question
4
votes
1
answer

Curious if this bias is predominantly men rejecting PRs from women, or if it also extends to women who review PRs.

question
4
votes
1
answer

The first thing I did on seeing this article was skim through looking for graphs showing how megajournal submissions and publications have changed through time, to see whether there are visible trends or asymptotes. I was disappointing to see only tables of numbers....

["visualisation"]
question
4
votes
4
answers

Thanks to excellent instructions in this paper and open source code, I was able to get PeptideBuilder examples running on my ubuntu machine. For me, I had to change the first line in runUnitTests.sh to

#!/bin/bash
Also, as noted in the paper, I needed...

["virtual machine","open source code","reproducibility"]
question
3
votes
1
answer

Congratulations on what looks a very nice paper. However, I wanted to point out a minor, but important, issue to do with repository information. You cite the holotype specimen of Alligatorellus bavaricus with the specimen number LMU 1937 I 26, and list the...

["taxonomy","repository"]
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3
votes
1
answer

tl;dr: are the results really as surprising as the text suggests? You state

Prior work on gender bias in hiring – that women tend to have resumes less favorably evaluated than men (5) – suggests that this hypothesis may be true.
and immediately...

["gender bias","unexpected result"]
question
3
votes
3
answers

Is there a relationship between SAR theory and rarefaction curves? I see both applied in papers as a 'tool' but the theory appears to be primarily associated with SAR. Are rarefactions simply a subset of SAR? Also, does METE apply to other forms of macroecological...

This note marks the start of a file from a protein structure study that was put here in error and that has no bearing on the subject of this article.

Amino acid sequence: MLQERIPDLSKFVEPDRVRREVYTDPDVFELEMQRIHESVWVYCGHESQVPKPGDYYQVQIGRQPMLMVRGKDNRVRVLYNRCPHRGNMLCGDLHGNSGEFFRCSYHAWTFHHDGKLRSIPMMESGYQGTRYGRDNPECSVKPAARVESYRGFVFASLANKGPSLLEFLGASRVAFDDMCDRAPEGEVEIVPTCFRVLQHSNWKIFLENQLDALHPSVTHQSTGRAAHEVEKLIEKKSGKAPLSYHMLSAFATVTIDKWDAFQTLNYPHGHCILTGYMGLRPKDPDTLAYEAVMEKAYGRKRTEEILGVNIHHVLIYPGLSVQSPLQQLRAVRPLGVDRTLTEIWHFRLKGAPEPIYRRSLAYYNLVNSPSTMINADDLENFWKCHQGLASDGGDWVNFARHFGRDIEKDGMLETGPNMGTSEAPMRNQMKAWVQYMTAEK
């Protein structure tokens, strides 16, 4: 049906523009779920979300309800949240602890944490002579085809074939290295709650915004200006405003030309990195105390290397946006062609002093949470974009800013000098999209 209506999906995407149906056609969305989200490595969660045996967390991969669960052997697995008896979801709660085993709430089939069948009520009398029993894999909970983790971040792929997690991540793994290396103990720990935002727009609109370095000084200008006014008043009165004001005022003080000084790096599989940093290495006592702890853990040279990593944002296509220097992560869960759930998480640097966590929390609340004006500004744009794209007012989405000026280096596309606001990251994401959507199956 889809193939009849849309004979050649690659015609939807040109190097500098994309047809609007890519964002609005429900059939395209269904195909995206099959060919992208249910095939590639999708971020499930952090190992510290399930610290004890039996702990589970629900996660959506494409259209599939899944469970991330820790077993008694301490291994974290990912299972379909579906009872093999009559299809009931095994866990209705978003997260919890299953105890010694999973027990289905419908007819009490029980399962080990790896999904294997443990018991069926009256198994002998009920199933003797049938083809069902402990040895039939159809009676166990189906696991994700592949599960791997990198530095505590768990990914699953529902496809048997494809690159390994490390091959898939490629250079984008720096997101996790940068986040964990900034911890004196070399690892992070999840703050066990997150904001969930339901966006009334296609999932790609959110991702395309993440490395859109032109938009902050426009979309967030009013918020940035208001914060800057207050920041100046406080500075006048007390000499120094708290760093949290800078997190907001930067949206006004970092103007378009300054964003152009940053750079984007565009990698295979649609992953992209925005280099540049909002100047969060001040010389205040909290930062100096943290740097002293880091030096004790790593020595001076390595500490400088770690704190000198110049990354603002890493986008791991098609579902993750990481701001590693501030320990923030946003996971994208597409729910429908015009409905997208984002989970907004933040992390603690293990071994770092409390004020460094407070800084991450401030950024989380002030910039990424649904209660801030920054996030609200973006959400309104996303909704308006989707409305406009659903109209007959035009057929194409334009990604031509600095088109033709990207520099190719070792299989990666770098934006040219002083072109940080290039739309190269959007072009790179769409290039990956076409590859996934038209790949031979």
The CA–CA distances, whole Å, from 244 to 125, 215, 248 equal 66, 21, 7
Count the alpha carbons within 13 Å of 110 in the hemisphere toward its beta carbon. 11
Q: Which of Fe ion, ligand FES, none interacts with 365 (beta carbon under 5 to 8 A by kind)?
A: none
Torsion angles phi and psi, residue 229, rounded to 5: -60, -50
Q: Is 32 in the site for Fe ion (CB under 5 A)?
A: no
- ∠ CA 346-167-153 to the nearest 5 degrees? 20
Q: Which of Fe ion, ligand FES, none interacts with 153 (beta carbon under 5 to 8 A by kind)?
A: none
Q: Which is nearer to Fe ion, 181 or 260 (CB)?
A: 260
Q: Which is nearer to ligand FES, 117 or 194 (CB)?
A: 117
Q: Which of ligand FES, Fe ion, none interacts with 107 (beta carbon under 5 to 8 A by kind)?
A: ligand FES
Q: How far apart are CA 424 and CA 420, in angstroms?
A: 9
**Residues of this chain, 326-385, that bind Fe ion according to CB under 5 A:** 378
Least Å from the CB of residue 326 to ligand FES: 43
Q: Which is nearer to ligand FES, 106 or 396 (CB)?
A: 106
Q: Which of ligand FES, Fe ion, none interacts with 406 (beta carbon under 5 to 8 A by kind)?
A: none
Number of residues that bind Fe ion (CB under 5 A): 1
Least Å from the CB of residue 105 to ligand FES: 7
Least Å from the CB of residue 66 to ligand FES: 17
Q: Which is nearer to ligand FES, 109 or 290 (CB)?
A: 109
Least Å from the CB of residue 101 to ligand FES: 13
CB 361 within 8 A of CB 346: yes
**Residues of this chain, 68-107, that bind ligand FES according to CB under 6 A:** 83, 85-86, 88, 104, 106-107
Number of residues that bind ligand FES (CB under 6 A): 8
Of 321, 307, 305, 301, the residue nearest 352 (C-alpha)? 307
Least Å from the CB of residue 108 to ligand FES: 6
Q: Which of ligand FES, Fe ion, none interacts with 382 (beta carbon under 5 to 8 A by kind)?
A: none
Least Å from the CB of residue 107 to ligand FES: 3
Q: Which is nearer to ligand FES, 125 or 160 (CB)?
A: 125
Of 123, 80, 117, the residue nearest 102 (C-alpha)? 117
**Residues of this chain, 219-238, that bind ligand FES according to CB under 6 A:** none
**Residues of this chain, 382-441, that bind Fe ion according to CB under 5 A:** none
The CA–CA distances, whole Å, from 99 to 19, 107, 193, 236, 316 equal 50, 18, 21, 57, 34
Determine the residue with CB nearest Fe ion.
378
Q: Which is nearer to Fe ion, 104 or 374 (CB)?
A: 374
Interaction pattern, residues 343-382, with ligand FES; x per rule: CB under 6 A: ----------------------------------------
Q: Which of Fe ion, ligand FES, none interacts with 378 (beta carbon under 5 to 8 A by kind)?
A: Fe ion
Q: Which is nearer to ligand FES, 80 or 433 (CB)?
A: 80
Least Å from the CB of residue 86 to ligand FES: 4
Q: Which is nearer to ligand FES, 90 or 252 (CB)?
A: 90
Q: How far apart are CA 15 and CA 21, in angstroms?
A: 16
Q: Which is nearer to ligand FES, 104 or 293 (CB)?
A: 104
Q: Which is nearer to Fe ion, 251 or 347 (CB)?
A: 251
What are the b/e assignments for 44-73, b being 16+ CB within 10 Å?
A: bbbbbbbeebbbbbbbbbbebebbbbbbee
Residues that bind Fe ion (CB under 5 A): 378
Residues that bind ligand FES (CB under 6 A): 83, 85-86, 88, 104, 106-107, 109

["SAR theory","rarefaction curves"]
question
3
votes
8
answers

Convincing undergraduate students to publish in open access or open science journals is not easy, as they don't always understand the issues involved. How do other lecturers approach this situation?

["undergraduates","publishing","open access"]
question
3
votes
1
answer

Dictated to me by my son Everett, 7 yrs old (Thomas' twin brother): How did dinosaur bones grow bigger as the animal grew bigger?

["DinoJoe"]
question
3
votes
3
answers

As I kid I always dreamed of becoming one, like most kids probably. Most careers have their downsides once we get past the childhood fantasies. What though hadn't you expected before entering into an academic career, that turned out to be a good surprise?

["DinoJoe","paleontology","careers"]
question
3
votes
2
answers

This is an interesting article examining the relationship between personality traits and “well-being” from a cross-cultural perspective, by examining subjects from two different geographical areas who as evidence suggests have different personality traits. The...

["validation"]
question
2
votes
1
answer

Brochu (1996) concluded that crown group crocodylians have a caudal to cranial pattern of suture closure, not cranial to caudal as you state here. Likewise, Irmis (2007) observed the caudal to cranial pattern in phytosaurs. Given that all your vertebrae...

["suture closure"]
question
2
votes

On the basis of clarification with the authors, this question has been updated. My original concern related to spatial patterns in butterfly abundance being related to levels neonicotinoid application, whilst other spatial variables (such as area of intensive arable...

["Confounding factors","host plant declines","habitat degradation","habitat loss","agricultural intensification"]
question
2
votes

Sana, Weston, and Cepeda (2013) in two experiments found that students performed worse when using computers. Furthermore, other students not using computers, but who could see the screen, also performed worse. Being experiments, their findings are supportive of...

["multitasking","cognitive science"]
question
2
votes
1
answer

BYU ESM-163R is not the holotype of Othnielosaurus consors (Marsh, 1894). That specimen was initially described by Galton & Jensen (1973) as Nanosaurus (?) rex, significantly postdating the establishment of Laosaurus consors Marsh, 1894. The holotype of...

["Taxonomy"]
question
2
votes

Great study, enjoyed reading it! Identifying and not linking patients to care shows an area of improvement that is needed. By working on barriers identified for access to care, the community will benefit by seeing less disease burden and hopefully fewer deaths.